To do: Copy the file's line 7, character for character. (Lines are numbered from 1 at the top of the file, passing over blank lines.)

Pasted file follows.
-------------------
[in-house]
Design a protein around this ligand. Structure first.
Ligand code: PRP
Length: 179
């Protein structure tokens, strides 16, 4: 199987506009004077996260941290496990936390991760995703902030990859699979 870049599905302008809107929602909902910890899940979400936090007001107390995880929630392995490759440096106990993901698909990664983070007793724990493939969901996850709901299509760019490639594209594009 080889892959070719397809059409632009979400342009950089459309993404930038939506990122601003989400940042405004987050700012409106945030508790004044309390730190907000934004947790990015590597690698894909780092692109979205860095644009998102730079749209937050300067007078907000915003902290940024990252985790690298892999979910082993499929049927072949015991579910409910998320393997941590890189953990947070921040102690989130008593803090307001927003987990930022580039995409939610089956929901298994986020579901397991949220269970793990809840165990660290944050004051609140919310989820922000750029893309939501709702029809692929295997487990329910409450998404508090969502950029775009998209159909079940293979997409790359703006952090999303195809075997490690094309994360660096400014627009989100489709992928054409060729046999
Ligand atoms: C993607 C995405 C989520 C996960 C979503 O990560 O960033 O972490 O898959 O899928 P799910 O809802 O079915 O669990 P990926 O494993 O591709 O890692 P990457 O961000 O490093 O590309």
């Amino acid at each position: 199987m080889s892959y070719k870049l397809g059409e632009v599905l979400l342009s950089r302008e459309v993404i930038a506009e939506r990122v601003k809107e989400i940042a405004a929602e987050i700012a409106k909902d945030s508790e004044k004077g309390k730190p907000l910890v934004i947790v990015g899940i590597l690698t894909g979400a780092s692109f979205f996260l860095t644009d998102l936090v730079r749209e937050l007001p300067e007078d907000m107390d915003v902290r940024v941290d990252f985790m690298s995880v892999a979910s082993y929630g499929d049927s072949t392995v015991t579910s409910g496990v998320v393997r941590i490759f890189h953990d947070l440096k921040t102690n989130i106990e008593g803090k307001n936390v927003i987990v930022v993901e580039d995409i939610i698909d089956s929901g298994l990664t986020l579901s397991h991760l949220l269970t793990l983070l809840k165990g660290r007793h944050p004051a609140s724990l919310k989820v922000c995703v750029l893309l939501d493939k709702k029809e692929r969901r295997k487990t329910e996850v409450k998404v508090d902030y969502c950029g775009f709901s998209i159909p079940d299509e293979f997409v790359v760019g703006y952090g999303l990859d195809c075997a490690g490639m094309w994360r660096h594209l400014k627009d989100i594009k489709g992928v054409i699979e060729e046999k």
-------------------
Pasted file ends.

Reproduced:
């Amino acid at each position: 199987m080889s892959y070719k870049l397809g059409e632009v599905l979400l342009s950089r302008e459309v993404i930038a506009e939506r990122v601003k809107e989400i940042a405004a929602e987050i700012a409106k909902d945030s508790e004044k004077g309390k730190p907000l910890v934004i947790v990015g899940i590597l690698t894909g979400a780092s692109f979205f996260l860095t644009d998102l936090v730079r749209e937050l007001p300067e007078d907000m107390d915003v902290r940024v941290d990252f985790m690298s995880v892999a979910s082993y929630g499929d049927s072949t392995v015991t579910s409910g496990v998320v393997r941590i490759f890189h953990d947070l440096k921040t102690n989130i106990e008593g803090k307001n936390v927003i987990v930022v993901e580039d995409i939610i698909d089956s929901g298994l990664t986020l579901s397991h991760l949220l269970t793990l983070l809840k165990g660290r007793h944050p004051a609140s724990l919310k989820v922000c995703v750029l893309l939501d493939k709702k029809e692929r969901r295997k487990t329910e996850v409450k998404v508090d902030y969502c950029g775009f709901s998209i159909p079940d299509e293979f997409v790359v760019g703006y952090g999303l990859d195809c075997a490690g490639m094309w994360r660096h594209l400014k627009d989100i594009k489709g992928v054409i699979e060729e046999k």